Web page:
The Academy of American Poets instituted National Poetry Month in 1996 “to support American poets at all stages of their careers and to foster the appreciation of contemporary poetry.” National Poetry Month now is the inspiration for literary events held throughout the country in schools and libraries, as well as for events sponsored by book publishers, sellers, clubs, and coffeehouses. This blog contains suggestions for you to follow if you would like to share your poetry in some public venues.
Post Your Poetry Event on Poetry.Org
Poets. org invites you to share your goodies.
“Thank you for joining in the celebration by listing your events and attending other events in your community, displaying this year’s poster, participating in Poem in Your Pocket Day, recommending the Dear Poet project to a young person, signing up to read a Poem-a-Day, and checking out 30 more ways to celebrate.”
Talk on Twitter with Other Poets and Writers
In addition, you can post poems on all kinds of social media and create a video of poetry readings. However, something wonderfully supportive is happening on Twitter.
Writers and poets from across the globe are coming together to help one another get followers and good advice from our fellow scribes, poets laureate, and ingenues.
From your Twitter account, you can use the following hashtags to connect.
#amwriting #WritingCommunity #Authors.
There are several hashtags being used to emphasize #Poets, #Poetry, etc. Here’s the One for National Poetry Month where I see people are posting their work.
Branding Tip for Poets
One of those #writingcommunity participants, Liz Evangelatos, taught me that we all should use one of our own hashtags in all our posts, as a part of our branding.
For example, for writing and editing, I use these which are from this website:
If I’m posting about health and wellness topics, I use a tagline from my other website: GetWell.guru >
#MyGetWellGuru or #GetWellStayWellandLiveWell.
Locally (as in Northern Virginia),
Write by the Rails’
Spring Writers’ Workshop is This Weekend
Write by the Rails is the Prince William chapter of the Virginia Writers Club. It is so named because it was founded in a meeting place near a railroad station. The blast of the whistle interrupts our meetings, but we love it.
We recently published #BackOnTrackNow, an anthology of short pieces, including different styles of poetry. My writing services typically are for business purposes, the creation of classes, and for other purposes involving strictly prose “masterpieces.” It had been years since I wrote poetry – prior to 2018, so I was truly tickled to have made the cut with the inclusion of 3 poems! Whoopee!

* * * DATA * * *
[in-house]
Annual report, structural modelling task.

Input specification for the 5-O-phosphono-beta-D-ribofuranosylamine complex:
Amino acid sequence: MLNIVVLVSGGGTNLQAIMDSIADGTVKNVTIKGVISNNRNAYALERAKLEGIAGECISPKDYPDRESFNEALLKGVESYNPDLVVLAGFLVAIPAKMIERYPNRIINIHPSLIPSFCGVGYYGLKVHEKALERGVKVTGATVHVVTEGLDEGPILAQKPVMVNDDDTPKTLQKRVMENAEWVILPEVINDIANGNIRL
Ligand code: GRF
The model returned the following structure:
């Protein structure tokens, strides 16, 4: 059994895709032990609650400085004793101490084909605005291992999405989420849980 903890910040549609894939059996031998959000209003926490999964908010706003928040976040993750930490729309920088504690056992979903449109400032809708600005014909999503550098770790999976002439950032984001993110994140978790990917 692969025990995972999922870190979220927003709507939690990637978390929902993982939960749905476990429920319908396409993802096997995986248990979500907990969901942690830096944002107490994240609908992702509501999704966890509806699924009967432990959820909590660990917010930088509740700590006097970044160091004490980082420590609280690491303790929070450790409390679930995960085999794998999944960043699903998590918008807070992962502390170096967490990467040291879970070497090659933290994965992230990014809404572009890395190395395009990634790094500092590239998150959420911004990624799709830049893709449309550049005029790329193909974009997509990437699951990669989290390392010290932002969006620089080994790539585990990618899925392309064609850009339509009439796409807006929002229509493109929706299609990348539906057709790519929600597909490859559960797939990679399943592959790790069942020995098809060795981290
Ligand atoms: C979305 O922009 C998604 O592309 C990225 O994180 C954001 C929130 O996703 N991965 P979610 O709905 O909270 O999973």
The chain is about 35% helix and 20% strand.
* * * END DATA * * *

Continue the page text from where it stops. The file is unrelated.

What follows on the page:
The goal of the group is to raise the profile of the local literary community. This Saturday (April 15th) features #WbtR Spring Writer’s Workshop! Have you been to our website? You can now download the program! Take a peek. Part of the discussion will be about copyrighting your materials. Learn so much more and see how to get #published in 2019!
Walk the Walk and Talk the Talk
at Jirani Coffeehouse
I’m sure there are coffee houses all over the world, where people can present their literary works. This one just happens to be closely associated with #WritebyRails and is in a town where I used to live. The invitation below is from the Spilled Ink website, inviting all to participate and to “keep it clean.”
A Celebration of the Written Word
SPILLED INK is held at Jirani Coffee House in Old Towne, Manassas, every FOURTH Friday of the month from 7:00 p.m. until 10:00 p.m. The Poet Laureate Circle meets at 6:00 p.m.
Spilled Ink is an open mic night that celebrates the written word. Join local authors, poets, and scribblers as they read their work. All are welcome to listen or read! Be brave!
We have many ages of presenters so we ask that all material be at a PG-13 rating.
People who have attended – either as a presenter or as part of the audience – consistently say it was a very enjoyable evening!
I live on a mountain. Sometimes, I’m ready for Spring, but Spring is not ready for me.
The sun is there,
but the branches are bare.
True to form, It was a rough March, invoking vague memories and (mis)understandings of the term, The Ides of March.
In any case, I always get jealous when I see the lower regions of cities and towns flush with blossoms of pink, white, and yellow. Combined with the froth of mint green leaf buds, clearly, Spring has blossomed forth. It takes longer where I live. Here were my thoughts this week.
Spring At Last – 2019
Finally, Spring comes to the mountain!
Bare-ish beige trees still look like
Thousands of skinny jeans
But, cotton candy poofs
of soft green budding leaves
Adorn the otherwise naked branches
Giving hope to the flagging spirits
Of man and hungry beasts.
While not forgetting lessons of bygone days,
We forge ahead (man and beasts)
As if the fate that awaits each of us
Has a chance of being wonderful.
Nancy (Ayanna) Wyatt
(c) April 2019
All Rights Reserved
Learn From A Master Poet
Check out this video from Billy Collins who has offerings to teach you how to do it well.
Then, go ahead and give it a try. Keep doing it ’til you like what you’ve written. Sometimes, it’s wonderful, sometimes it’s work. Still, it will be worth it to see what your thoughts were like during the time span in which you wrote poetry.
Do It the Write Way Let My Fingers Do Your Talking